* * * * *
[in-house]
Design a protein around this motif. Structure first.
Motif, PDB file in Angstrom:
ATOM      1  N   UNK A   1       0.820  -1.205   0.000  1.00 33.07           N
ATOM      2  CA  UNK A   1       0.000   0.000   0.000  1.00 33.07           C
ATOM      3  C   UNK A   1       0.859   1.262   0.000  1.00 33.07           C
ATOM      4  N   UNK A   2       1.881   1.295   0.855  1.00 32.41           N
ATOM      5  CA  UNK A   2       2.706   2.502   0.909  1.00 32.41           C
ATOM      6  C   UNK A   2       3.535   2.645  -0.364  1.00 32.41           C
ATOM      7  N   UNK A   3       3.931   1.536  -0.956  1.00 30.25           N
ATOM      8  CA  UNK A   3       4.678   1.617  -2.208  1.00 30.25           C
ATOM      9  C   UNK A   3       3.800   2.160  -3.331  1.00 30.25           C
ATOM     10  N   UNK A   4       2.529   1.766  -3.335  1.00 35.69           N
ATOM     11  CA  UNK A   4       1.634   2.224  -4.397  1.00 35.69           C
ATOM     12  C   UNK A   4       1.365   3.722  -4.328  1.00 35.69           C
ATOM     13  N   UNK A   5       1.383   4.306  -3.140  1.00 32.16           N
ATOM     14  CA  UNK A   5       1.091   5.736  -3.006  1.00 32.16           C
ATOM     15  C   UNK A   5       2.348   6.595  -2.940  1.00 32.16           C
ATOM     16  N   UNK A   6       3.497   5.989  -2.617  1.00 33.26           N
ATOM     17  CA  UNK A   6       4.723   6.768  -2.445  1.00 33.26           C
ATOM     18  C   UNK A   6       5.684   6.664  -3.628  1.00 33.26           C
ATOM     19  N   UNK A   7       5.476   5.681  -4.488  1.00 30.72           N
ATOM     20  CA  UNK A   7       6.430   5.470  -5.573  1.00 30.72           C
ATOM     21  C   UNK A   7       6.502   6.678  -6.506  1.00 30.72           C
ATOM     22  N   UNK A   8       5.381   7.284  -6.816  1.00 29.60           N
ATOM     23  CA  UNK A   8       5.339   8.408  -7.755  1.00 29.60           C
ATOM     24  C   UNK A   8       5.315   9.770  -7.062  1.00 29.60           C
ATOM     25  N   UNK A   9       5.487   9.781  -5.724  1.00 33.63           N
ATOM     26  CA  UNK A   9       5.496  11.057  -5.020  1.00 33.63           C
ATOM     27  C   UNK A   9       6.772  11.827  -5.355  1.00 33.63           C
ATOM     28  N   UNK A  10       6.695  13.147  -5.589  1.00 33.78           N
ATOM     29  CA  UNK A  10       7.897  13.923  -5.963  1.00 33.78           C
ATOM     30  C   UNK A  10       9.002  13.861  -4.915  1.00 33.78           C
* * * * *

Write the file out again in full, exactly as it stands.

[in-house]
Design a protein around this motif. Structure first.
Motif, PDB file in Angstrom:
ATOM      1  N   UNK A   1       0.820  -1.205   0.000  1.00 33.07           N
ATOM      2  CA  UNK A   1       0.000   0.000   0.000  1.00 33.07           C
ATOM      3  C   UNK A   1       0.859   1.262   0.000  1.00 33.07           C
ATOM      4  N   UNK A   2       1.881   1.295   0.855  1.00 32.41           N
ATOM      5  CA  UNK A   2       2.706   2.502   0.909  1.00 32.41           C
ATOM      6  C   UNK A   2       3.535   2.645  -0.364  1.00 32.41           C
ATOM      7  N   UNK A   3       3.931   1.536  -0.956  1.00 30.25           N
ATOM      8  CA  UNK A   3       4.678   1.617  -2.208  1.00 30.25           C
ATOM      9  C   UNK A   3       3.800   2.160  -3.331  1.00 30.25           C
ATOM     10  N   UNK A   4       2.529   1.766  -3.335  1.00 35.69           N
ATOM     11  CA  UNK A   4       1.634   2.224  -4.397  1.00 35.69           C
ATOM     12  C   UNK A   4       1.365   3.722  -4.328  1.00 35.69           C
ATOM     13  N   UNK A   5       1.383   4.306  -3.140  1.00 32.16           N
ATOM     14  CA  UNK A   5       1.091   5.736  -3.006  1.00 32.16           C
ATOM     15  C   UNK A   5       2.348   6.595  -2.940  1.00 32.16           C
ATOM     16  N   UNK A   6       3.497   5.989  -2.617  1.00 33.26           N
ATOM     17  CA  UNK A   6       4.723   6.768  -2.445  1.00 33.26           C
ATOM     18  C   UNK A   6       5.684   6.664  -3.628  1.00 33.26           C
ATOM     19  N   UNK A   7       5.476   5.681  -4.488  1.00 30.72           N
ATOM     20  CA  UNK A   7       6.430   5.470  -5.573  1.00 30.72           C
ATOM     21  C   UNK A   7       6.502   6.678  -6.506  1.00 30.72           C
ATOM     22  N   UNK A   8       5.381   7.284  -6.816  1.00 29.60           N
ATOM     23  CA  UNK A   8       5.339   8.408  -7.755  1.00 29.60           C
ATOM     24  C   UNK A   8       5.315   9.770  -7.062  1.00 29.60           C
ATOM     25  N   UNK A   9       5.487   9.781  -5.724  1.00 33.63           N
ATOM     26  CA  UNK A   9       5.496  11.057  -5.020  1.00 33.63           C
ATOM     27  C   UNK A   9       6.772  11.827  -5.355  1.00 33.63           C
ATOM     28  N   UNK A  10       6.695  13.147  -5.589  1.00 33.78           N
ATOM     29  CA  UNK A  10       7.897  13.923  -5.963  1.00 33.78           C
ATOM     30  C   UNK A  10       9.002  13.861  -4.915  1.00 33.78           C